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Opponent Q&A with The Champaign Room

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Our friends from downstate helped us figure out just what has propelled Lovie Smith and the Illini back to the postseason.

NCAA Football: Illinois at Purdue Brian Spurlock-USA TODAY Sports

The Illinois Fighting Illini (6-5, 4-4 B1G) are finally bowl-eligible. In Lovie Smith’s fourth year, his squad managed to break through, turning some disappointing early-season results into shocking upset wins over Wisconsin and Michigan State.

Now, they will try to accomplish another goal they haven’t yet reached during Smith’s tenure: wresting the HAT away from Pat Fitzgerald and his struggling Northwestern Wildcats (2-9, 0-8). For the inside scoop on the resurgent Illini (and a, frankly, outlandish prediction), we turned to Steve Braun from The Champaign Room.


INU: Illinois football is (apparently) back! What’s the mood right now in and around Urbana-Champaign?

TCR: Bewildered excitement is probably the best way to sum it up, because remember: Illinois started off the year by housing what turned out to be an abysmal Akron team, then rallied back to hold off a miserable UConn team, lost at home to Eastern Michigan, blew a huge opportunity to beat what’s turned out to be a bad Nebraska team, went on the road and got annihilated by a Minnesota team they spanked in 2018, then trailed Michigan 28-0.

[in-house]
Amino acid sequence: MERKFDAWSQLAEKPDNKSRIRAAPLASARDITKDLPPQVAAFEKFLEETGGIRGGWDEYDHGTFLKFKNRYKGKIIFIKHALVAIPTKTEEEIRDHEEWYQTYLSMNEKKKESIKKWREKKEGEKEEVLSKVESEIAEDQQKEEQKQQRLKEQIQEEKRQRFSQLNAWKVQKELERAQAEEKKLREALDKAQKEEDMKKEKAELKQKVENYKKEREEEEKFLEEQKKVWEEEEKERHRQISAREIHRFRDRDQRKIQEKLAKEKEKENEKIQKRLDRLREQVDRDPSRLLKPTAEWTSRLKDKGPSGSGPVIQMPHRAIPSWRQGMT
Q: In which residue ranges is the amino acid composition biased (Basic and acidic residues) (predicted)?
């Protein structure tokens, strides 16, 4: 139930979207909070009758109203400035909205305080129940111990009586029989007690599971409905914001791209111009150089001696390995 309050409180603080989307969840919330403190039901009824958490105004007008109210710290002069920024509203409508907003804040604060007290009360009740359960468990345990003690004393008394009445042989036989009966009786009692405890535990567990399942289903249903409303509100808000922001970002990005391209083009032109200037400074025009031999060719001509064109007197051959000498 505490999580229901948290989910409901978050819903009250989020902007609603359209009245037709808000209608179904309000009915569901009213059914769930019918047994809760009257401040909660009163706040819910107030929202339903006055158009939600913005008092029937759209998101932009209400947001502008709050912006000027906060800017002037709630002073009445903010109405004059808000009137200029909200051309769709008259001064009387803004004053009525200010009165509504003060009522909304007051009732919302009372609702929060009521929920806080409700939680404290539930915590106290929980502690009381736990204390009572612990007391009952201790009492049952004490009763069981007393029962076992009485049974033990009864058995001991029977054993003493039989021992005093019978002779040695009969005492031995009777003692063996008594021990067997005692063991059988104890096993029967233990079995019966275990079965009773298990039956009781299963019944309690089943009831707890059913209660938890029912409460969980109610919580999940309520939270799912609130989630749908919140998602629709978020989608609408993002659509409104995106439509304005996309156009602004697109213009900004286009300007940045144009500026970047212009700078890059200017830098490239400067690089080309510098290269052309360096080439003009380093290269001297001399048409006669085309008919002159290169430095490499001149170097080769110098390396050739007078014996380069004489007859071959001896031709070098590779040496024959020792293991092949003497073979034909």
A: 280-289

Lovie was a dead man walking. Even the Illini Inquirer, the 247 site, was publishing articles with lists of coaches who could take over in 2020. Sitting at 2-4 with no more margin for error, this team seemed headed for, at best, 4-8.

Then suddenly the Wisconsin game happened.

It’s basically been a miracle ride that we’ve been pretty sure would end at any time. The competitive loss at Iowa seemed to legitimize things.

It was the worst of times. It was the best of times. This season has been wild.

INU: The Fighting Illini have been so good at not committing and, especially, forcing turnovers this season. What has been behind that success, and how much of it is luck?